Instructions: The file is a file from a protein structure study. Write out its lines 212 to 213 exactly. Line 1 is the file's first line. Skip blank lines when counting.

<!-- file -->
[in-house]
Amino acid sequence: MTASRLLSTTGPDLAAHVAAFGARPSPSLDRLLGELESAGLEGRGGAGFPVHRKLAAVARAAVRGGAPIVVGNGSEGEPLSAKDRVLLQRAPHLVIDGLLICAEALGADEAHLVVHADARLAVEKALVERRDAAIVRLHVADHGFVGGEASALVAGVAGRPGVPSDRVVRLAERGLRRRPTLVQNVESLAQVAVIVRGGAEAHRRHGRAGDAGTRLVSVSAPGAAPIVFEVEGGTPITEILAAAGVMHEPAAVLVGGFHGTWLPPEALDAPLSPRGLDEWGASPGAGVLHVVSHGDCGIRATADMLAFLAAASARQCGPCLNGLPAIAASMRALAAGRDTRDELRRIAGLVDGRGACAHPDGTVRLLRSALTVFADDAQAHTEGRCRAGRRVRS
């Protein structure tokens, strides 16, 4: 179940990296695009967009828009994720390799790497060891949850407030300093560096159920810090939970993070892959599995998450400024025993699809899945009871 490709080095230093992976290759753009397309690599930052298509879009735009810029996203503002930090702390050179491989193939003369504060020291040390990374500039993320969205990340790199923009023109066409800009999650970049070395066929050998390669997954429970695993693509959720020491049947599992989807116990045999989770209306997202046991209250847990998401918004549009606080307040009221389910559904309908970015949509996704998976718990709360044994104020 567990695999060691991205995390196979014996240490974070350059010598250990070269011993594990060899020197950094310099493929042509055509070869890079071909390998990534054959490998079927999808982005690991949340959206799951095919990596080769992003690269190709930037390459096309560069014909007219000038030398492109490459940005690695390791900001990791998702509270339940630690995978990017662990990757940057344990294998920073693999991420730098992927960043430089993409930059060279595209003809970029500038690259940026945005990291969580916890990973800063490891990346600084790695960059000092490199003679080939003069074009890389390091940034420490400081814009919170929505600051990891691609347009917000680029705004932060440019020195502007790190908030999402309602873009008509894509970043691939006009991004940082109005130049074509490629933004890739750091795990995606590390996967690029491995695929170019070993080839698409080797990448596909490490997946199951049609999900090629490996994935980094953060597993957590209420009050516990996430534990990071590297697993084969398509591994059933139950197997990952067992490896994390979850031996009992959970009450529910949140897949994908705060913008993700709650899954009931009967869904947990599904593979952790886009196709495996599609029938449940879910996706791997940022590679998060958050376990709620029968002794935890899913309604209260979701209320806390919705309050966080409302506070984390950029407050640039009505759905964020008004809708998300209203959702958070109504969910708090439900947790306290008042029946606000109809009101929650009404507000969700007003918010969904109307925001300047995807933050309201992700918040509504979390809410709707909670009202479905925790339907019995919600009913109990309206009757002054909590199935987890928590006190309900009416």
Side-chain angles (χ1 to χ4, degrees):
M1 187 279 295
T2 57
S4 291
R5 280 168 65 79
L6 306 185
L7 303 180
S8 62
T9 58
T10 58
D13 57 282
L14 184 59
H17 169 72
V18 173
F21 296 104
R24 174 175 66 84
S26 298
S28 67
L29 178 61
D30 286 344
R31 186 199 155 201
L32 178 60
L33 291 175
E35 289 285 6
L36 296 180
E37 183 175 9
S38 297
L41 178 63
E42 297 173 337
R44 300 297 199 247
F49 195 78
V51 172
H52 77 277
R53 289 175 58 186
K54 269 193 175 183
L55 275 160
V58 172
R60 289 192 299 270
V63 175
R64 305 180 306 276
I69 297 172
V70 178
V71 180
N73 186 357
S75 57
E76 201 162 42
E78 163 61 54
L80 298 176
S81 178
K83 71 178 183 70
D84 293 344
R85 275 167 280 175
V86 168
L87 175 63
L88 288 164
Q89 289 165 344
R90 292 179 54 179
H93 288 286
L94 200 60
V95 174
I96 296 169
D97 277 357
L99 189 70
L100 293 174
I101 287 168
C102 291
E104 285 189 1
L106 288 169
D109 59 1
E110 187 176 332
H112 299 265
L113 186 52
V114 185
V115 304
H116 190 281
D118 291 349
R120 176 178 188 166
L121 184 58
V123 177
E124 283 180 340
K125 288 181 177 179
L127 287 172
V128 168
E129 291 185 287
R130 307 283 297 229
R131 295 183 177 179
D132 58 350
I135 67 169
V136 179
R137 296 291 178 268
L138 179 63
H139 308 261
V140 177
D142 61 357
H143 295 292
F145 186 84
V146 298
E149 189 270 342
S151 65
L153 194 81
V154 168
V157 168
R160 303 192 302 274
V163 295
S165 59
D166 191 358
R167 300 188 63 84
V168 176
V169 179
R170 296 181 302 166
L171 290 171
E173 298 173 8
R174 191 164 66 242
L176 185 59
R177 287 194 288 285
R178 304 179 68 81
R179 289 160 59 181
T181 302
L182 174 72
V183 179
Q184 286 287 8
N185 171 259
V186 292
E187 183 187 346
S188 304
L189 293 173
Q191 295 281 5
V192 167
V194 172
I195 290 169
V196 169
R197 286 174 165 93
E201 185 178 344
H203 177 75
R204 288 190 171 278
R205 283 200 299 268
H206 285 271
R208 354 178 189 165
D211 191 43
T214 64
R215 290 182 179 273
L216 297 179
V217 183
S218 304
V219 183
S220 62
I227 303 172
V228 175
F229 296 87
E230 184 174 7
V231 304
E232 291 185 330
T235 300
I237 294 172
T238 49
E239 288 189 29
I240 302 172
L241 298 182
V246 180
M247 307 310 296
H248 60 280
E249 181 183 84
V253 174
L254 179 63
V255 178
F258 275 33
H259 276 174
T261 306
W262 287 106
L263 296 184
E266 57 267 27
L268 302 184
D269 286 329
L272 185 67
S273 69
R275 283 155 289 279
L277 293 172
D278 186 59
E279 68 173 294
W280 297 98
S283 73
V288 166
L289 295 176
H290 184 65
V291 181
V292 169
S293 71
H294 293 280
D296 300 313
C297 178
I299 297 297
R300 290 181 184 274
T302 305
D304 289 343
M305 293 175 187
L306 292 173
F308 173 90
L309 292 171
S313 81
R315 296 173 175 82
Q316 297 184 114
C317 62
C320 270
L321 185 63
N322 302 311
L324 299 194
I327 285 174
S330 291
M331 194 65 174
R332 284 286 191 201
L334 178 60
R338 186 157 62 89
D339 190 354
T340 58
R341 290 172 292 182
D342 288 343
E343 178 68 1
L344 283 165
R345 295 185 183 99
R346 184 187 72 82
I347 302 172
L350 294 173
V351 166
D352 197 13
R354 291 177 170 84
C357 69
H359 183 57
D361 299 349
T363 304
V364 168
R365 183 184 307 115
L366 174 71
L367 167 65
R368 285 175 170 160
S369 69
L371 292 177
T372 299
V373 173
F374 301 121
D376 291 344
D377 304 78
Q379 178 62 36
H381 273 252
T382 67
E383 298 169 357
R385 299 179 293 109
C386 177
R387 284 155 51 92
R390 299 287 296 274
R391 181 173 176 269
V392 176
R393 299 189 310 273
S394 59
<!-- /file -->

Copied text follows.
M331 194 65 174
R332 284 286 191 201